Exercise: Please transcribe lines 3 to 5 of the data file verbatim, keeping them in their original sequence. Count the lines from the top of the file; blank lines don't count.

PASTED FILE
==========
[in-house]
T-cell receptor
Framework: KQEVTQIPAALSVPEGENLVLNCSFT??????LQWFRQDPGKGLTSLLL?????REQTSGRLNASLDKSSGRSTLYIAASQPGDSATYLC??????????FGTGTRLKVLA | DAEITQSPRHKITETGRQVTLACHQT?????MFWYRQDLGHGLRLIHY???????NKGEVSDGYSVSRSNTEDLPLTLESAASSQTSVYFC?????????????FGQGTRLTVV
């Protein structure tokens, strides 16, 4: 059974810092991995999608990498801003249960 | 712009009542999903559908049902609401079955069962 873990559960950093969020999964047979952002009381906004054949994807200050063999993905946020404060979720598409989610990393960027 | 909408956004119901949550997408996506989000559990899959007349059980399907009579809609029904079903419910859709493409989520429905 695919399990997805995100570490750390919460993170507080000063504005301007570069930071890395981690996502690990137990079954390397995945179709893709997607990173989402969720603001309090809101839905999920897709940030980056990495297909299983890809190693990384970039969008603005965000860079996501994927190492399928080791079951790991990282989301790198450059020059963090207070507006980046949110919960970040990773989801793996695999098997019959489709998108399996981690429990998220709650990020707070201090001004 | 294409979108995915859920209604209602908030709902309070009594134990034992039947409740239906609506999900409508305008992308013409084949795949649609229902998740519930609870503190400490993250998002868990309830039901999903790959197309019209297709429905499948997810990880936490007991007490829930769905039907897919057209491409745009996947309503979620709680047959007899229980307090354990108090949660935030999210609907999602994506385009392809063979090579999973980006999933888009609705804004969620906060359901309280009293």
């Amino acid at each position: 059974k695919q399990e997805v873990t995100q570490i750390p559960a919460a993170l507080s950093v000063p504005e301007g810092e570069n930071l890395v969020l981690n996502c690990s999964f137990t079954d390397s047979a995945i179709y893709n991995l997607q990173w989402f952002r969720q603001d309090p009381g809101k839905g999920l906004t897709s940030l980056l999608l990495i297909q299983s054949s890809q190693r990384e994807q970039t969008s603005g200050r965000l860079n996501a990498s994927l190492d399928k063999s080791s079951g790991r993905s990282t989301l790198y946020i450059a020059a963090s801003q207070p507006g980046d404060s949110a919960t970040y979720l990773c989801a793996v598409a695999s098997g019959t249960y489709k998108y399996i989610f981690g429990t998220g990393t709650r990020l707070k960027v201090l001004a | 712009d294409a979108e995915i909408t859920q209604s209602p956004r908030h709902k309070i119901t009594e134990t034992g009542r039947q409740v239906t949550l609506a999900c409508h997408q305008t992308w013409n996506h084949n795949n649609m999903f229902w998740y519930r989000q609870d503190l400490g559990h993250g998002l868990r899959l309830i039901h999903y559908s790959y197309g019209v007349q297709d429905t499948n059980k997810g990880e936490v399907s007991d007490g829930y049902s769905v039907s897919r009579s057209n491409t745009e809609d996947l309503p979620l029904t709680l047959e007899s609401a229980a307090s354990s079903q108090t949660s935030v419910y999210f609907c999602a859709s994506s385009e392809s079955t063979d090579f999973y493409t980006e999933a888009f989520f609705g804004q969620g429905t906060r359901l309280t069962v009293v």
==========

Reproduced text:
Framework: KQEVTQIPAALSVPEGENLVLNCSFT??????LQWFRQDPGKGLTSLLL?????REQTSGRLNASLDKSSGRSTLYIAASQPGDSATYLC??????????FGTGTRLKVLA | DAEITQSPRHKITETGRQVTLACHQT?????MFWYRQDLGHGLRLIHY???????NKGEVSDGYSVSRSNTEDLPLTLESAASSQTSVYFC?????????????FGQGTRLTVV
């Protein structure tokens, strides 16, 4: 059974810092991995999608990498801003249960 | 712009009542999903559908049902609401079955069962 873990559960950093969020999964047979952002009381906004054949994807200050063999993905946020404060979720598409989610990393960027 | 909408956004119901949550997408996506989000559990899959007349059980399907009579809609029904079903419910859709493409989520429905 695919399990997805995100570490750390919460993170507080000063504005301007570069930071890395981690996502690990137990079954390397995945179709893709997607990173989402969720603001309090809101839905999920897709940030980056990495297909299983890809190693990384970039969008603005965000860079996501994927190492399928080791079951790991990282989301790198450059020059963090207070507006980046949110919960970040990773989801793996695999098997019959489709998108399996981690429990998220709650990020707070201090001004 | 294409979108995915859920209604209602908030709902309070009594134990034992039947409740239906609506999900409508305008992308013409084949795949649609229902998740519930609870503190400490993250998002868990309830039901999903790959197309019209297709429905499948997810990880936490007991007490829930769905039907897919057209491409745009996947309503979620709680047959007899229980307090354990108090949660935030999210609907999602994506385009392809063979090579999973980006999933888009609705804004969620906060359901309280009293």
């Amino acid at each position: 059974k695919q399990e997805v873990t995100q570490i750390p559960a919460a993170l507080s950093v000063p504005e301007g810092e570069n930071l890395v969020l981690n996502c690990s999964f137990t079954d390397s047979a995945i179709y893709n991995l997607q990173w989402f952002r969720q603001d309090p009381g809101k839905g999920l906004t897709s940030l980056l999608l990495i297909q299983s054949s890809q190693r990384e994807q970039t969008s603005g200050r965000l860079n996501a990498s994927l190492d399928k063999s080791s079951g790991r993905s990282t989301l790198y946020i450059a020059a963090s801003q207070p507006g980046d404060s949110a919960t970040y979720l990773c989801a793996v598409a695999s098997g019959t249960y489709k998108y399996i989610f981690g429990t998220g990393t709650r990020l707070k960027v201090l001004a | 712009d294409a979108e995915i909408t859920q209604s209602p956004r908030h709902k309070i119901t009594e134990t034992g009542r039947q409740v239906t949550l609506a999900c409508h997408q305008t992308w013409n996506h084949n795949n649609m999903f229902w998740y519930r989000q609870d503190l400490g559990h993250g998002l868990r899959l309830i039901h999903y559908s790959y197309g019209v007349q297709d429905t499948n059980k997810g990880e936490v399907s007991d007490g829930y049902s769905v039907s897919r009579s057209n491409t745009e809609d996947l309503p979620l029904t709680l047959e007899s609401a229980a307090s354990s079903q108090t949660s935030v419910y999210f609907c999602a859709s994506s385009e392809s079955t063979d090579f999973y493409t980006e999933a888009f989520f609705g804004q969620g429905t906060r359901l309280t069962v009293v």